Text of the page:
The single largest expense in the Massachusetts state budget is the state’s Medicaid program, known as MassHealth. At more than $15 billion per year, MassHealth is approximately 40% of the state budget and growing.
Among MassHealth patients, those with the highest costs present a unique set of needs and challenges. More specifically, data have shown that high-cost MassHealth patients have a higher prevalence of behavioral health conditions, often compounded by unmet social needs, that drive utilization and cost and signal a need for targeted care management strategies.
In an effort to address both the health and quality of care of our MassHealth recipients, as well as control escalating costs, Partners has joined the state’s efforts to restructure MassHealth provider payments from a traditional Fee-for-Service model to an Accountable Care Model (“ACO”) for MassHealth members – further incentivizing a focus on care quality.
On December 1, 2016, BWHC joined other Partners Healthcare entities - and 5 other health care organizations in Massachusetts - in the launch of the MassHealth Accountable Care Organization (ACO) Pilot. The pilot will run until December 2017, at which time the full MassHealth ACO project will begin. The MassHealth ACO at Partners is called Partners Care Connect and focuses on BWHC MassHealth PCC plan patients only.
Billed by the Baker Administration as "part of the most comprehensive restructuring of the Medicaid program in more than 20 years," the overall ACO program is part of a new five-year Medicaid waiver (the Federal 1115 waiver) that Gov. Baker negotiated with the Obama Administration. Financially, the pilot consists of shared savings and losses. For the pilot, there is no federal or state funding, but some Partners funds will available to build out specific program components. However, there will be federal funds available to the state over five years for the full ACO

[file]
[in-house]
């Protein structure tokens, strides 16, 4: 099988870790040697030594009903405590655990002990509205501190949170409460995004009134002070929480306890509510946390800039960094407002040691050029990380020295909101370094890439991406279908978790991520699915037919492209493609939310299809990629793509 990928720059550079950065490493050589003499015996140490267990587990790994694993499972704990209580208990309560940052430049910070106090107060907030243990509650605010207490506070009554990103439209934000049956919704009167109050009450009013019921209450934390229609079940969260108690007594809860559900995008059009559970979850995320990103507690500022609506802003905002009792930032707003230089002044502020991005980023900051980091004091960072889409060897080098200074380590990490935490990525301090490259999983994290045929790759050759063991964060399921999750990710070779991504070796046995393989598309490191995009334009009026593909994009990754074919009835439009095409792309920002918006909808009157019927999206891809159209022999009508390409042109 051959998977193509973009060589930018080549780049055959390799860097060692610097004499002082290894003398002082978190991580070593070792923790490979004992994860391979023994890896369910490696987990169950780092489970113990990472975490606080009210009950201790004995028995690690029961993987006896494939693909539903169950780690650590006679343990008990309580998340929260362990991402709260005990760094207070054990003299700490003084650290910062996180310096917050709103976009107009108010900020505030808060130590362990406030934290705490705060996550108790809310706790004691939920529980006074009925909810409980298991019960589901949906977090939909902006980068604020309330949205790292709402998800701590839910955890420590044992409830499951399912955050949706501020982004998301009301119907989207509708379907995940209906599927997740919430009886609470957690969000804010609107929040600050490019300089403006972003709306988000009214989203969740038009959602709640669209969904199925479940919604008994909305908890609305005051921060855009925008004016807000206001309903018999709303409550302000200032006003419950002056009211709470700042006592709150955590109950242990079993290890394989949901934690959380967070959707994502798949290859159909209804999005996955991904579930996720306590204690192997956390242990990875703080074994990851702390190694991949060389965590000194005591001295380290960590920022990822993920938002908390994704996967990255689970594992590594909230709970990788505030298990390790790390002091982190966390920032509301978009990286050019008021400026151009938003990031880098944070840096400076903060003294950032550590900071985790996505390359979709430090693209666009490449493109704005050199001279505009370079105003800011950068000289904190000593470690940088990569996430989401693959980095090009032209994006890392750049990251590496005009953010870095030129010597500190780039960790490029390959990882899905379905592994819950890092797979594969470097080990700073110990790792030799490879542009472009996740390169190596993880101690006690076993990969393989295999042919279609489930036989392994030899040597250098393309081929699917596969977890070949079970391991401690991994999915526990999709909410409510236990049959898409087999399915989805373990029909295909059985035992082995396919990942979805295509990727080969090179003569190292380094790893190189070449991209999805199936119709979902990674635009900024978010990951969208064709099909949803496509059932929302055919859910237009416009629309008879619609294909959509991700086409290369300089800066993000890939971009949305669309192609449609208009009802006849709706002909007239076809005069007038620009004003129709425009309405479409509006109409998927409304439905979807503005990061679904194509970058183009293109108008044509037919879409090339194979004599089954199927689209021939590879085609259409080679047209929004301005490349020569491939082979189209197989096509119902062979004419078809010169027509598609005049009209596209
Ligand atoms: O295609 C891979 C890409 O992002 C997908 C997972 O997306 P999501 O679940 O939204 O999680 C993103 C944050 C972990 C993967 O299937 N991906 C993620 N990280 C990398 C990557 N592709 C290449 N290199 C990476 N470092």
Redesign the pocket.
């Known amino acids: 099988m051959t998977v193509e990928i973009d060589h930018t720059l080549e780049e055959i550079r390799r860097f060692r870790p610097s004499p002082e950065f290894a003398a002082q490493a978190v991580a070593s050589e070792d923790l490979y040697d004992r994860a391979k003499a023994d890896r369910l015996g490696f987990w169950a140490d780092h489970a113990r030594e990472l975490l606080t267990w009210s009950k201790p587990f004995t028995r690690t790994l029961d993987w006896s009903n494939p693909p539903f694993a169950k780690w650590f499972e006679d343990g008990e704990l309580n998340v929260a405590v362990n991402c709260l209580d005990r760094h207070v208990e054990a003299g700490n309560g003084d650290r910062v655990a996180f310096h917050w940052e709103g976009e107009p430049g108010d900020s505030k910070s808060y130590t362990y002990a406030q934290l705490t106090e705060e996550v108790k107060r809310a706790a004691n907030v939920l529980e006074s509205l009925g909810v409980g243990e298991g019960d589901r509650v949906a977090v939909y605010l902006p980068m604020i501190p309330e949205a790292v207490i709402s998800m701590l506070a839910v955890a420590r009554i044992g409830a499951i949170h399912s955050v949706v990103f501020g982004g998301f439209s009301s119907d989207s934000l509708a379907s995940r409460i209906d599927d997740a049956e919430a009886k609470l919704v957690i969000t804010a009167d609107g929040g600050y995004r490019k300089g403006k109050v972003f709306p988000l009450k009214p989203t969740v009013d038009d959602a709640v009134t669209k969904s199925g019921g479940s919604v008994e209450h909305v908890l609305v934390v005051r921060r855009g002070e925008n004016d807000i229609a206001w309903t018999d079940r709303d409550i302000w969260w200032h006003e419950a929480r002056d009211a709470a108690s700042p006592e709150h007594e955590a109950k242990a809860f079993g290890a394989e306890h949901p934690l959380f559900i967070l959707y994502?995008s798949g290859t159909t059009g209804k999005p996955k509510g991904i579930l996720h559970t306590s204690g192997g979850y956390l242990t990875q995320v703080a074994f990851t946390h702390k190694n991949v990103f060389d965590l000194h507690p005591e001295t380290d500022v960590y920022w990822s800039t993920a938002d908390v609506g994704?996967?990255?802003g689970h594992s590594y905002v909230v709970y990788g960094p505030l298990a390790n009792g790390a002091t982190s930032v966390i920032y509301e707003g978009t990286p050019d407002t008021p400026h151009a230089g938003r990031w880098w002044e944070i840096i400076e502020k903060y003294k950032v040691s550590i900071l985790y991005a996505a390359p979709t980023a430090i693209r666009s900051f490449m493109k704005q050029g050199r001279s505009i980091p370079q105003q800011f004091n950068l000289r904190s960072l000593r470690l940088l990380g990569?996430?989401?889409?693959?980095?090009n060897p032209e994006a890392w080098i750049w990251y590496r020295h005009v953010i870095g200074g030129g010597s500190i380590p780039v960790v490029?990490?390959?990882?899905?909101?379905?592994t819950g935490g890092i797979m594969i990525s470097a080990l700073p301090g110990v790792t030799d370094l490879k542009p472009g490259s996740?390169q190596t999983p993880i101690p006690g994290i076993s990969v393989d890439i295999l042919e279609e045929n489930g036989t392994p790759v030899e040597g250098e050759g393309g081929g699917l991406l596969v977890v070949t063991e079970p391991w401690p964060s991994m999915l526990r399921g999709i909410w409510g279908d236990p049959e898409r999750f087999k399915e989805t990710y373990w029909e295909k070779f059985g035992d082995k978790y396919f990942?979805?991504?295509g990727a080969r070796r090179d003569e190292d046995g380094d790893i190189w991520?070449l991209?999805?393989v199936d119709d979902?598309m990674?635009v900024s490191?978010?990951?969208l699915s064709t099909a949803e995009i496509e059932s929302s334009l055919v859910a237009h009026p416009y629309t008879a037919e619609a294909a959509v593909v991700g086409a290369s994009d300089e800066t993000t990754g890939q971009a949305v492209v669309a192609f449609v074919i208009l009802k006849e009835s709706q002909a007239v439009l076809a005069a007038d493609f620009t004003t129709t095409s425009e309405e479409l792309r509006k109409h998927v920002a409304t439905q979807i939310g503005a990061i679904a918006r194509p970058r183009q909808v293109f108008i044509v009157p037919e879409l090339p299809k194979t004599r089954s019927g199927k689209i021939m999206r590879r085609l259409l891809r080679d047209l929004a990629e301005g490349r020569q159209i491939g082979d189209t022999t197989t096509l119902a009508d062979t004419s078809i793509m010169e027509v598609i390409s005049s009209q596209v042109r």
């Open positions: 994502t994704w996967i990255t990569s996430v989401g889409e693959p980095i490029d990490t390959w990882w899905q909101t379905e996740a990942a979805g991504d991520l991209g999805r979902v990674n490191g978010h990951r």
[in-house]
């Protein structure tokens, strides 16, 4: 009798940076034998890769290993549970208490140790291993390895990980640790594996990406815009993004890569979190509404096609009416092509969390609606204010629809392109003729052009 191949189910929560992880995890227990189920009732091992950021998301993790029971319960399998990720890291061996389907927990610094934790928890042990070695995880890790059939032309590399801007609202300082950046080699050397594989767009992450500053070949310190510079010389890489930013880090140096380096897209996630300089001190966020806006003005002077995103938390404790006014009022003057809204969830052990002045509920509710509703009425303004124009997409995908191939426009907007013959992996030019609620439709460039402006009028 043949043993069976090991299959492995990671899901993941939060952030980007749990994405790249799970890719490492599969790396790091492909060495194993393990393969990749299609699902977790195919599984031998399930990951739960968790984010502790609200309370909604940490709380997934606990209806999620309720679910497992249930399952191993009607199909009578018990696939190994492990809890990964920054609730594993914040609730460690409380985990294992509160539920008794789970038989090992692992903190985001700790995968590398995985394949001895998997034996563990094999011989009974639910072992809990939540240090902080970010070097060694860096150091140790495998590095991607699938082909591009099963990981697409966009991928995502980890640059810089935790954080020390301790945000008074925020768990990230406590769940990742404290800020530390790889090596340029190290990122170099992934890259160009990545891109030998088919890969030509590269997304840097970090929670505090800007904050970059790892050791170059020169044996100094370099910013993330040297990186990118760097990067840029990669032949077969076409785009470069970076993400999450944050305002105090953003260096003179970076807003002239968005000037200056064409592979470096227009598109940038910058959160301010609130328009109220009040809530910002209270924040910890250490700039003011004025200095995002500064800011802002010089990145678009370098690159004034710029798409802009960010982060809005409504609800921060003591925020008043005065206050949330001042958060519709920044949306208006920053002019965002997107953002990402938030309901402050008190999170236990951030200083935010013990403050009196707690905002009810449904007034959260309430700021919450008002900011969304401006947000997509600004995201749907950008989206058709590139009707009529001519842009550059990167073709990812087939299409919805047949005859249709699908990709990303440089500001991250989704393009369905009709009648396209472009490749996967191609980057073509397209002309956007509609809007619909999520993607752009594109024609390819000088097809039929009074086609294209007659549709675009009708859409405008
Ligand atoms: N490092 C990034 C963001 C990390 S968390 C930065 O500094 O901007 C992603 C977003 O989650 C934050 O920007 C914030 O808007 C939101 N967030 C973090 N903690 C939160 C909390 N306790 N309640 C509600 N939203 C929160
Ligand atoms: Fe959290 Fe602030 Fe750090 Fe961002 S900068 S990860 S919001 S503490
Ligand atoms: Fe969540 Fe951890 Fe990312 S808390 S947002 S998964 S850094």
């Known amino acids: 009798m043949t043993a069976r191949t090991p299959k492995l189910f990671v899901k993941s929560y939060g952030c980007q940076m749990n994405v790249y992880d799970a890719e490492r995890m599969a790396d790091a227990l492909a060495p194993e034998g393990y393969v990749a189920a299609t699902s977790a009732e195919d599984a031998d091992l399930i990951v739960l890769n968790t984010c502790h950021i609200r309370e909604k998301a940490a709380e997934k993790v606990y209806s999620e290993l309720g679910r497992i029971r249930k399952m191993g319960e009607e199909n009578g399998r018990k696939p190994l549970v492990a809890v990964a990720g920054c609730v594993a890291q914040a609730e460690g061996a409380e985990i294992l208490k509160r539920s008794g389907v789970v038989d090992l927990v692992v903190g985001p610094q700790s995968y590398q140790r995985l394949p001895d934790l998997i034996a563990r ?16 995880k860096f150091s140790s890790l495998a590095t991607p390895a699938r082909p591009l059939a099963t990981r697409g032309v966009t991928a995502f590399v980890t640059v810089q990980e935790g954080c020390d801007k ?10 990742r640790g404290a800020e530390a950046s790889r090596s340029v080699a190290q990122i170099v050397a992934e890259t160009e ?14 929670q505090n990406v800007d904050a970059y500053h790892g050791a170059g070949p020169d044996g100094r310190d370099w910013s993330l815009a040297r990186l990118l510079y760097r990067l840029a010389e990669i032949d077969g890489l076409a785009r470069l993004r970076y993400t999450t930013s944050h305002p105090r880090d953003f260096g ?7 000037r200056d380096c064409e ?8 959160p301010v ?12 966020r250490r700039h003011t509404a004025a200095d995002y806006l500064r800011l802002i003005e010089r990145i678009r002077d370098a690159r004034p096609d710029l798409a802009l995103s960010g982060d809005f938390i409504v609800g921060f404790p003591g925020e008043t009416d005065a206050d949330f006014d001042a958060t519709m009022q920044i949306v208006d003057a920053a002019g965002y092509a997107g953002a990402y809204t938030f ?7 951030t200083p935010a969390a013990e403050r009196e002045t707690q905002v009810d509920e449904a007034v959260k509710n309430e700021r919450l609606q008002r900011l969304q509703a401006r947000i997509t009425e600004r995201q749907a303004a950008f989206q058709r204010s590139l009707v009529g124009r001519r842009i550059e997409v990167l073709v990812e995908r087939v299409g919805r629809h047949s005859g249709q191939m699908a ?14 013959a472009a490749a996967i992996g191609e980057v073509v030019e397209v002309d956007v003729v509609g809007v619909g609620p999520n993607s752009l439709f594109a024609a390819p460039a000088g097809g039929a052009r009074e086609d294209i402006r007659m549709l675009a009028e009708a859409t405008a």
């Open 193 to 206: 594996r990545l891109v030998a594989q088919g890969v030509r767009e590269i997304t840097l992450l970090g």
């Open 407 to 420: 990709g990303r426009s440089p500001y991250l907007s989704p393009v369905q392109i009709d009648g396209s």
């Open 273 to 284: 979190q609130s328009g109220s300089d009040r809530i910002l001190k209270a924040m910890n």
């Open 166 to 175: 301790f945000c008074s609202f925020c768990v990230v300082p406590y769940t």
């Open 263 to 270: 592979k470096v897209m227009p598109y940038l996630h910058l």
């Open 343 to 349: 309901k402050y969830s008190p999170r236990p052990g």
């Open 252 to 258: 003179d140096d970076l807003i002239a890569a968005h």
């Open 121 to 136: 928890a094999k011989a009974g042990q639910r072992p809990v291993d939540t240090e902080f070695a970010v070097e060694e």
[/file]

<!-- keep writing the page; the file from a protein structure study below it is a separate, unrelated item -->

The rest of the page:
The overall goals of the MassHealth ACO will be twofold: 1) to identify the unmet medical and non-medical needs of our MassHealth PCC plan patients that are driving inappropriate health care utilization and costs and 2) to address those needs through the development and enhancement of our care delivery systems and community partnerships. Participation in this pilot will allow BWH to test and measure new, risk-based care delivery models while also leveraging the infrastructure and resources of existing programs (such as the Integrated Care Management Program and Behavioral Health Integration).
The Brigham and Women's Medicaid ACO pilot consists of approximately 7,000 MassHealth PCC plan patients, the majority of whom are cared for at 3 primary care practices: Brookside Community Health Center, Southern Jamaica Plain Health Center and The Phyllis C. Jen Center for Primary Care. These three pilot sites along with the emergency department will be the focus of intervention during the Medicaid ACO pilot period.
This pilot has just kicked off, results will be shared at a later date. Be sure to check back here for updates on this important project!
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